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From Alibaba's Research Arm, Predictions for the Future of Chinese Tech

The current troubles will give way to growth.

Kevin Frayer/Getty Images

Though the Chinese stock market sucks right now, it’s still potentially the number one economy in the world.

And eventually, it’ll be a consumption-driven economy that more closely resembles the United States than China’s latter-day manufacturing base. Alibaba, the Chinese tech giant that’s worth more than $181 billion, is one of the companies whose long-term interests are most wrapped up in the ongoing transformation of the country’s economy.

Alibaba, through its in-house think tank, the Aliresearch, recently held a summit to discuss what the next few years will look like for the Chinese economy. Specifically, they talked about online retail, international trade and the so-called sharing economy.

For the occasion, a panel of judges assembled a list of ten forecasts submitted by analysts, think tanks and investment firms. Here are some of their findings:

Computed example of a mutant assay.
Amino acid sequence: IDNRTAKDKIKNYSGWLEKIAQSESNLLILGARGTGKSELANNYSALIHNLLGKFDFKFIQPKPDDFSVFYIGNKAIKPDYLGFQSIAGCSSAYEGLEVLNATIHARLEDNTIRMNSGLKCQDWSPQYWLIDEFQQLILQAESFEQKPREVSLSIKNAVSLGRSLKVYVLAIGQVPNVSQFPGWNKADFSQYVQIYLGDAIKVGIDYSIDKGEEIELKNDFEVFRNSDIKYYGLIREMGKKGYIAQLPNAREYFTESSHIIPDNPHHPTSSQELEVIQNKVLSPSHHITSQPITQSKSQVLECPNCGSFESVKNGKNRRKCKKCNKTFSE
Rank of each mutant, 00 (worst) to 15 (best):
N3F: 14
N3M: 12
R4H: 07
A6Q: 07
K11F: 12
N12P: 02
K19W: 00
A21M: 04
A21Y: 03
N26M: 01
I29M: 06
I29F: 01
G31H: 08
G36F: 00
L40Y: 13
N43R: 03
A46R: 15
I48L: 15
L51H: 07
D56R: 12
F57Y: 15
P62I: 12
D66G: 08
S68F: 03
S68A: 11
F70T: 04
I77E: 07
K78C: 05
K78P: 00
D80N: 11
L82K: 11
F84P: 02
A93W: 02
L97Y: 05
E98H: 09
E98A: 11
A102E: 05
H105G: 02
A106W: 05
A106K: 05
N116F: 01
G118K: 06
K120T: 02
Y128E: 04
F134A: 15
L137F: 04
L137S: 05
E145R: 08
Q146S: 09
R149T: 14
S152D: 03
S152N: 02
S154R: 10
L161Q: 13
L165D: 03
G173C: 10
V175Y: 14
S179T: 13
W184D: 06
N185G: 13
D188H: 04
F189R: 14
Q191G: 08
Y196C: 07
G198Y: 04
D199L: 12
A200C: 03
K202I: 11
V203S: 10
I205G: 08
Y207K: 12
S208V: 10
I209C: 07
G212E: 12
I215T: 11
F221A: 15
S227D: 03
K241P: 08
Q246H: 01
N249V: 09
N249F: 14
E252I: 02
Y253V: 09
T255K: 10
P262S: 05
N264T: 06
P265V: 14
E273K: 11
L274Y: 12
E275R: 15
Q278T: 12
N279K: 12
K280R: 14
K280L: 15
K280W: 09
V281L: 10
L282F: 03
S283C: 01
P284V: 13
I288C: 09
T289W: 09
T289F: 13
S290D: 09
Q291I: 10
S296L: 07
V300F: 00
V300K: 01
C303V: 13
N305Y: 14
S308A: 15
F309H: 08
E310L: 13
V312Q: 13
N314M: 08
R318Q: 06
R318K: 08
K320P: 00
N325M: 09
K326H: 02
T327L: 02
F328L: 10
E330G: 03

• China’s online retail market will grow to RMB 10 trillion ($1.5 trillion) by 2020 (Bain & Co.): By 2020, 22 percent of the country’s retail will take place online, 70 percent of which will be happening on mobile.
  • China retail consumption will grow by $2.3 trillion in under five years, nearly half of which will be online (by Boston Consulting Group): In spite of its stock market troubles and slow growth, the Chinese consumer market is will grow 50 percent to $6.5 trillion by 2020.
  • The Chinese market for 3D printers will be around $15 billion by 2020 (Data Center of China Internet): Although 3D printers might get their start in enterprise, eventually they will be used mostly by everyday households.
  • Within five years, the Internet will be everywhere in rural China (China Academy for Rural Development, Zhejiang University)
  • Chinese regulation of the Internet will morph into a “soft law” system of governance (the Institute of Information Society Studies): As more and more Chinese people get online, the Chinese government will be harder pressed to tightly control the Internet economy like it has thus far. To keep state control of business, however, expect the government to work closely with the Internet companies that it does allow to do business in the country.

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